Editorials

Same information, different decisions: format counts

BMJ 1999; 318 doi: https://doi.org/10.1136/bmj.318.7197.1501 (Published 05 June 1999) Cite this as: BMJ 1999;318:1501

Format as well as content matters in clinical information

  1. Jeremy Wyatt, Fellow in health and public policy (jeremy.wyatt@ucl.ac.uk)
  1. School of Public Policy, University College London, London WC1E 7HN

    Information in Practice p 1527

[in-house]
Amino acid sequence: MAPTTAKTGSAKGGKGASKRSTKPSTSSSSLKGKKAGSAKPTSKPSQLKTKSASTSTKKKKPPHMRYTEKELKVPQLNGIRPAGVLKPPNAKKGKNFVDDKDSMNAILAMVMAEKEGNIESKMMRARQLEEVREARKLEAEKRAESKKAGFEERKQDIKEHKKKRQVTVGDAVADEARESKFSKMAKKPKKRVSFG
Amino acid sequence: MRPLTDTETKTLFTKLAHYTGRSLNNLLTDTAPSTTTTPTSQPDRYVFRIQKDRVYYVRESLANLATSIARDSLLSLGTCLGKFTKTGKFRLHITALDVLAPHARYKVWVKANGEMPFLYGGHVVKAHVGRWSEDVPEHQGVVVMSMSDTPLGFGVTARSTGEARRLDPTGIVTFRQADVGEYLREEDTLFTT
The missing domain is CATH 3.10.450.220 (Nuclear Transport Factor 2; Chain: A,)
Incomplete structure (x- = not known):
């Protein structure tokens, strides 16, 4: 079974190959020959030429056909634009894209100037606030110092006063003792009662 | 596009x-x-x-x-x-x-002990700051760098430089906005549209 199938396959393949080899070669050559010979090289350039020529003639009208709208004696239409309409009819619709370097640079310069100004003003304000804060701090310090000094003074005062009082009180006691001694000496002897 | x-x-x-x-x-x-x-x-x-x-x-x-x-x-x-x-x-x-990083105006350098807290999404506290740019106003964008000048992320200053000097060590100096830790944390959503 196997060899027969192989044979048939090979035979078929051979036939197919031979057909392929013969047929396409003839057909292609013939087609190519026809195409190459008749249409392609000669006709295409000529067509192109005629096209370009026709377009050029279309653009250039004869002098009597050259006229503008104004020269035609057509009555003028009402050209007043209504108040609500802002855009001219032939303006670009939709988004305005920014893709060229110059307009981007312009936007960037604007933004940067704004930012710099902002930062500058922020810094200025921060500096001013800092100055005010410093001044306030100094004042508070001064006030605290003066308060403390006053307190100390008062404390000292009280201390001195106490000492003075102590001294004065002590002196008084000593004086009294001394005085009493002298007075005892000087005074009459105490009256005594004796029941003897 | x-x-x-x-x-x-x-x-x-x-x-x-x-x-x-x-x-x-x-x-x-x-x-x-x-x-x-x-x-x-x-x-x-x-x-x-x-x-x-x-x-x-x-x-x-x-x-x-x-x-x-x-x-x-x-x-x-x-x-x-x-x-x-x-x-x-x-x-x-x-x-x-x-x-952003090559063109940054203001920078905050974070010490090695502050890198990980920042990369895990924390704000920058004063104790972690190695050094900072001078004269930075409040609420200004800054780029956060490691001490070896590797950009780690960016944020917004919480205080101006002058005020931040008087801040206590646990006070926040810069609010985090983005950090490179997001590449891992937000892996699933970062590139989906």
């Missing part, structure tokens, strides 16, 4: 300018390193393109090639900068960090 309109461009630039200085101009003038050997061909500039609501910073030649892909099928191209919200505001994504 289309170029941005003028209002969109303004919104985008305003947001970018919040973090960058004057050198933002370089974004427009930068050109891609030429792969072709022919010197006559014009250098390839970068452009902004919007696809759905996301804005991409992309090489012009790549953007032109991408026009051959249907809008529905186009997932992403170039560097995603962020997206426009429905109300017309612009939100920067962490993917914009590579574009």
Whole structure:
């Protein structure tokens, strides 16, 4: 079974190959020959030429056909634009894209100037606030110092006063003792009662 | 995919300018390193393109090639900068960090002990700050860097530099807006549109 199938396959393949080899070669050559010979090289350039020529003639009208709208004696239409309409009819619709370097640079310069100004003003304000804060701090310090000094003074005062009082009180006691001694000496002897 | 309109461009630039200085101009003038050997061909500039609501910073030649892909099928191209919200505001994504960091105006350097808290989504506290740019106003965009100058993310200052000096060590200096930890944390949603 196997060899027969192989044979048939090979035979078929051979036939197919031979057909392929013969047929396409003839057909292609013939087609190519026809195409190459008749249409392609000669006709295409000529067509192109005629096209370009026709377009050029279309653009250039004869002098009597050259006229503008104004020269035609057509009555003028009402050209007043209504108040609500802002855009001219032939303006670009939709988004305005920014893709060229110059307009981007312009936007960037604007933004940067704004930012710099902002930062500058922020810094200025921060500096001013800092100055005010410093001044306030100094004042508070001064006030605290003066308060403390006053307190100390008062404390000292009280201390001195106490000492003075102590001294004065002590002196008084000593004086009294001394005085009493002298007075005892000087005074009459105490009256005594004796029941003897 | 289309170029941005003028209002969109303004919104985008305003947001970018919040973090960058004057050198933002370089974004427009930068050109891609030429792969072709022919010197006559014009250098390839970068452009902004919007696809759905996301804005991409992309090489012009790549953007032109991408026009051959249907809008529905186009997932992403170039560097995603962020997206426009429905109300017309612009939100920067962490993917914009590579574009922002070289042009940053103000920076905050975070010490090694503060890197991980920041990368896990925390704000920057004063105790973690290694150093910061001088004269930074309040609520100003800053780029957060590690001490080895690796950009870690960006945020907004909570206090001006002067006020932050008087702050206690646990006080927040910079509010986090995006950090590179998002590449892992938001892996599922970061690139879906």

The function of information is to help us make better decisions.1 The amount of clinical information, measured by journal articles, has doubled over two decades,2 but thanks to evidence based approaches the content now seems more reliable. For example, the review article has changed from a vehicle to advance the author's reputation3 to a balanced synthesis of evidence we can safely use to inform clinical and policy decisions.4 To justify this special position, much effort is expended on assembling reliable content—from comprehensive literature searches4 to peer review and the editorial process.5 However, just assembling the right words and …

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